World Cup Soccer is Macmillan's latest release
under their new 'Professional Touch' range. The package
consists of two programs and book with an introduction
from famous goalie Ray Clemence. The first of the two
programs is a football manager type game using the World
Cup as it setting. The first thing to do is pick the
country you wish to represent. Playing the manager of
the country of your choice, you can either select your
own team or opt for the default team supplied by the
computer. When choosing self-selection there's the chance
to really go to town, as you are not limited to players
from that country. The cast of players contains many
famous names, stars from past and present including
Moore, Pele and Ardiles. Each player has three ratings:
Strength, Stamina and Speed, each being expressed as
decided on your team, the program tells you what group
you're in, plus who is the host country. You are then
presented with several options. You can either view
the ratings, position table and fixtures, or play the
match. When you select to play the match, a scoreboard
appears with a clock counting up to the 45-minute mark.
During play, if someone scores, it is announced with
a burst of white noise and a comment telling you who
scored -- worth making a note of when it comes to reselection.
Players may also get injured or booked. If a penalty
is awarded you are asked which way you'd like to shoot/dive.
Once you have decided, a computer-controlled graphic
screen is represented. The referee blows his whistle
and the penalty takes place.
outcome of the first half depends on your team selection
skills, while the second half is arcade based. When
playing the second half, you are presented with two
mini arcade games, 'Header' and 'Shoot'. In Header you
control the head of one of your players. Footballs are
volleyed over from the left, and you have to move the
head left and right to knock one into the goal. The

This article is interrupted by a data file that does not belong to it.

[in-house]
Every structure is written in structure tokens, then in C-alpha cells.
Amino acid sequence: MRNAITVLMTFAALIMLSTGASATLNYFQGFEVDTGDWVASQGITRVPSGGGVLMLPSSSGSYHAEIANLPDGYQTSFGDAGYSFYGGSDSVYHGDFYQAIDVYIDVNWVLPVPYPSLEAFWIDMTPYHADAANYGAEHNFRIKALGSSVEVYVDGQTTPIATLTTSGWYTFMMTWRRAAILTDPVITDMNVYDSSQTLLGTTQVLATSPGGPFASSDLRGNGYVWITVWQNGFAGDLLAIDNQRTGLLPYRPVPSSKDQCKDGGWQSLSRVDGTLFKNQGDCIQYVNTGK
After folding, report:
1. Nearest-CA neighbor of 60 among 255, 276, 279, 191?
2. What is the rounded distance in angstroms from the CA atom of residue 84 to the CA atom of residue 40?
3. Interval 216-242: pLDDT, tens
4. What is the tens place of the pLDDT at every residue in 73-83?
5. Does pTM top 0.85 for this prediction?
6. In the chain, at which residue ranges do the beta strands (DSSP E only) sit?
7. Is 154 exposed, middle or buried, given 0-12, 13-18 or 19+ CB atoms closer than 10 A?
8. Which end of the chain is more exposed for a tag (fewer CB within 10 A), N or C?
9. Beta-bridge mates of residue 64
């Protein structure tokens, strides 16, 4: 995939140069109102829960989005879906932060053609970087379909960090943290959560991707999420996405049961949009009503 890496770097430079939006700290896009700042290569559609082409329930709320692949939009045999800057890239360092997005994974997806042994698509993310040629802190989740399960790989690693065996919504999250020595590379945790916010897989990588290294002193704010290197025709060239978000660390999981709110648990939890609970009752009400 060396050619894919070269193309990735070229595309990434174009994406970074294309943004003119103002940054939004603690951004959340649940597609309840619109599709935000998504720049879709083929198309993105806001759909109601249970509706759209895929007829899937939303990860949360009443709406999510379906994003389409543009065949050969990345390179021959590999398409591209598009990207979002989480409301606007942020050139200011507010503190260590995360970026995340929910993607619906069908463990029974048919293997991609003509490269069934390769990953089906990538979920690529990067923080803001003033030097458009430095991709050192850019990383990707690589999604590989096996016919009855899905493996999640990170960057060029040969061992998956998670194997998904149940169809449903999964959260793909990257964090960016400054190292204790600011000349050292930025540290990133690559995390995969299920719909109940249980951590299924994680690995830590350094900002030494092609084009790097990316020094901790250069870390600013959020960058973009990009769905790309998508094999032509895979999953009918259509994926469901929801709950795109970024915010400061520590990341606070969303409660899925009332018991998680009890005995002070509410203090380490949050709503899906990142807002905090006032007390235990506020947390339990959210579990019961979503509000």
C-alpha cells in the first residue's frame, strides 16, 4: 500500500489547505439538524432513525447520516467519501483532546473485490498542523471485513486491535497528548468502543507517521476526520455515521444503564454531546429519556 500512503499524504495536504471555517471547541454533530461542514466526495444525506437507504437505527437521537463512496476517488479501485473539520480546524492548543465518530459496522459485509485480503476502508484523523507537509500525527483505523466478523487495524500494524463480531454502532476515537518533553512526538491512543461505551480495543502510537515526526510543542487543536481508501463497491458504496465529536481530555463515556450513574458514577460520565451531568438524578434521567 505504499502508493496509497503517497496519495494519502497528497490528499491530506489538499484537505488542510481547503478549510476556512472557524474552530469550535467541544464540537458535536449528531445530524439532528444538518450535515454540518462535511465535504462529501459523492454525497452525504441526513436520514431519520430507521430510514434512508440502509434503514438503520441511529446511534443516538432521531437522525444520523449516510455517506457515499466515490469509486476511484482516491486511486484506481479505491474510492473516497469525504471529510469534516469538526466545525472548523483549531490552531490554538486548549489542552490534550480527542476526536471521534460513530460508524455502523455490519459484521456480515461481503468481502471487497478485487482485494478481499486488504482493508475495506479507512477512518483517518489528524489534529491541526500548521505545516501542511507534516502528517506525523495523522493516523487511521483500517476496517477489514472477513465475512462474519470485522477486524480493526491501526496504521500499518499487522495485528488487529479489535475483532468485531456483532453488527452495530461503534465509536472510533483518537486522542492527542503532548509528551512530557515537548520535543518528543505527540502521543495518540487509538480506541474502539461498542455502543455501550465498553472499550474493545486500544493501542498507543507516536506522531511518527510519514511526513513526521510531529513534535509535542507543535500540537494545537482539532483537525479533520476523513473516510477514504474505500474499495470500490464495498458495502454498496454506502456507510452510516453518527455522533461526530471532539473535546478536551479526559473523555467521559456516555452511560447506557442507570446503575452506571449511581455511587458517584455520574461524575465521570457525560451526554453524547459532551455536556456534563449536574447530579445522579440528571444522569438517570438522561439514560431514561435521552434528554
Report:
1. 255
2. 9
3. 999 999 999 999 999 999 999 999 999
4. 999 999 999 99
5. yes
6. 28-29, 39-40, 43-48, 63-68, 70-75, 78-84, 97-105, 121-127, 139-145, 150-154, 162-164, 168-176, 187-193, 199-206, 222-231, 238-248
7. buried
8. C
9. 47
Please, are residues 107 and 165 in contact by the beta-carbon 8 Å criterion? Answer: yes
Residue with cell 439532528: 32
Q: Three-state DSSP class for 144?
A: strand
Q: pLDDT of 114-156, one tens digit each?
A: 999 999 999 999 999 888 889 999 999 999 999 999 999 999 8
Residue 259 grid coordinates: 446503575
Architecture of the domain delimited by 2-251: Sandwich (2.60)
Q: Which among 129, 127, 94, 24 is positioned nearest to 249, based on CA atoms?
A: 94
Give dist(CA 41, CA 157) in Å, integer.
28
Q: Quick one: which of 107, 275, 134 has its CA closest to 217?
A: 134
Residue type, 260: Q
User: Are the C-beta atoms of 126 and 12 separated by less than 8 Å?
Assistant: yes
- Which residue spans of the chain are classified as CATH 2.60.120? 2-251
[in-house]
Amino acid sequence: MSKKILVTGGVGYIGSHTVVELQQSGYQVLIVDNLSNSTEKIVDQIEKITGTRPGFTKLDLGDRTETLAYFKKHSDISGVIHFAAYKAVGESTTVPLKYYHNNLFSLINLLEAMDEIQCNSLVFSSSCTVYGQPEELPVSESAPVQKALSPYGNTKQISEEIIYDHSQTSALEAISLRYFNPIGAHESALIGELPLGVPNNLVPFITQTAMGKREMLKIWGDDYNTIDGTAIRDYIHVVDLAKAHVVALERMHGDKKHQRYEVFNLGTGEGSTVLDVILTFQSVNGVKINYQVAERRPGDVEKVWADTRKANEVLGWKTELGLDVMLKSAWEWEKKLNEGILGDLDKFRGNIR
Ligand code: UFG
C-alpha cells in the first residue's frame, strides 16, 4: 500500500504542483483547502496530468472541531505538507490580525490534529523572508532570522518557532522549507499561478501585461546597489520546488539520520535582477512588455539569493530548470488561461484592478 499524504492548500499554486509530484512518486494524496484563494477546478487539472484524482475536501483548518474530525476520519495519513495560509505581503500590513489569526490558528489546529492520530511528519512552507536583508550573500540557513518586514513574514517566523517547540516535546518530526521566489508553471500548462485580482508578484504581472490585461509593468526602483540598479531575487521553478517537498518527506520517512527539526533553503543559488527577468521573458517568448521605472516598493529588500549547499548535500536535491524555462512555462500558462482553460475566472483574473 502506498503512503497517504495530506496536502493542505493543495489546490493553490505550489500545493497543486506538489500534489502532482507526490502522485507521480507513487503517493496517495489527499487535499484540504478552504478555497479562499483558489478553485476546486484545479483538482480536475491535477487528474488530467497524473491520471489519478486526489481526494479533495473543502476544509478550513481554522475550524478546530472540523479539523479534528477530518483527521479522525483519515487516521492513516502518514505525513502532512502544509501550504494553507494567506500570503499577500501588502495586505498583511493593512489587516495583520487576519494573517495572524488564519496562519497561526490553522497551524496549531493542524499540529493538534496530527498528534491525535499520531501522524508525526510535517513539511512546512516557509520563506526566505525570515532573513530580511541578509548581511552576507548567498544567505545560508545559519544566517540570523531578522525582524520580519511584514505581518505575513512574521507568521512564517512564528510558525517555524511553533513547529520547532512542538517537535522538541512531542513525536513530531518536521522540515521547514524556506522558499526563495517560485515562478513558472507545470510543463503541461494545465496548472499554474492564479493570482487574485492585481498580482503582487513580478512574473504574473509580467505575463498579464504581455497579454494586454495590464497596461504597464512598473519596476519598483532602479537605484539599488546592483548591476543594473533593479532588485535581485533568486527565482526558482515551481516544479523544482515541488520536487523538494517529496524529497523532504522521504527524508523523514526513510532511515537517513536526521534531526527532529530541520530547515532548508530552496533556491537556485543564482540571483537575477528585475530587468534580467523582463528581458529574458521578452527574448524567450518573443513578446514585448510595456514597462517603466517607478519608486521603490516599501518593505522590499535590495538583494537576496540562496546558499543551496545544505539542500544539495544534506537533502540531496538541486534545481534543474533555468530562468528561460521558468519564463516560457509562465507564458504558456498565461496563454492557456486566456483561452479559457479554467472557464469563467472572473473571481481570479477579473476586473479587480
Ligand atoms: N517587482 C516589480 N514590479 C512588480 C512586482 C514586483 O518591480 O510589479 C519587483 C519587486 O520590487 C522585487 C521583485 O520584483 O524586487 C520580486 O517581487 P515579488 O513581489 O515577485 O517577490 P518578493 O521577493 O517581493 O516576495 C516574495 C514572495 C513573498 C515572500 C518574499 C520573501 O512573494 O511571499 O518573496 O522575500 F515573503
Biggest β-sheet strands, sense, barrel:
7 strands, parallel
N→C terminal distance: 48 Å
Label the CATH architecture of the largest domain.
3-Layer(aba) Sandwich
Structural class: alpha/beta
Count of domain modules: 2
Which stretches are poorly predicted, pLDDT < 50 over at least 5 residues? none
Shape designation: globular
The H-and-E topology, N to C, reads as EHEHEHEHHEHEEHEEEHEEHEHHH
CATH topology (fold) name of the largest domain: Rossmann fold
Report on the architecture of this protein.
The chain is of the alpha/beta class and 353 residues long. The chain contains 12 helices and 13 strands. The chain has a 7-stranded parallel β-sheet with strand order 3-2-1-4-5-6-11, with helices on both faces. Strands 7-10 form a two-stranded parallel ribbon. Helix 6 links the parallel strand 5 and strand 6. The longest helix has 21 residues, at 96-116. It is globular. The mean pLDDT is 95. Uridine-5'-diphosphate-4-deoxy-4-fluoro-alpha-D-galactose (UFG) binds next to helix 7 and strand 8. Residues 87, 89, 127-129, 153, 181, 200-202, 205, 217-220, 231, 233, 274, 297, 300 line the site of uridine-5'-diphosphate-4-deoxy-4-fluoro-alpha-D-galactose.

goalie will dive and do his best to save your shot.
Next is Shoot, in which you control a football boot
defending a large goalmouth at the bottom of the screen.
At the top is a smaller goalmouth moving left and right.
A football is thrown on from a random position and the
aim is to defend your goalmouth while trying to score
in the moving goal. Upon losing a football, another
is thrown in from a random angle. Both games have a
set number of footballs allowed.
completing both arcade games, a rating is given on your
performance. Depending on this you're either awarded
extra goals, or the other side are. When you've completed
the match, the program gives information on how well
you're doing and then it's back to the first option
screen. Drawing on experience from the first half, it's
possible to restructure your team.
second program in the package is a factfile containing
information on World Cups since 1930. To get at the
information you have a choice of teams or competitions.
If you choose teams then a year must be chosen and the
program offers data on that team's progress. Information
on results, attendance figures and venues are given.
If you have chosen competitions, a year needs to be
input. You can then access the same data presented in
the teams' section. As a bonus, a quiz section is provided.
One or two player games are allowed and the questions
are presented in multiple-choice format. The quiz draws
from the large database of facts used by the factfile,
so the number of possible questions is massive.
I'm not overly
keen on football as a sport, from either a spectator
or participator's point of view, but I can see
that World Cup
Soccer would be
of interest to a soccer fan. The main point of
involvement probably being the factfile and quiz,
although some questions may, I suspect, be a mite
obscure even for a total football lunatic. The
World Cup Manager
section is yet another football manager style
game, no doubt inspired by the now legendary game
from Kevin Toms. The graphics are a bit crude,
but are definitely a lot better than some other
games of this genre. Overall, World
Cup Soccer contains
a much higher level of professionalism than most
other attempts at this kind of game.
packaged and put together.
spectacular, but sufficient.
A few beeps and snatches of music,
but little else.
Those with a passion for football
will find it hard not to get hooked.
Massive database should keep even
the most knowledgeable soccer junkie happy for
For Money 81%
Book and two games make a great
An unusual approach to a football
game that will appeal especially to fans of the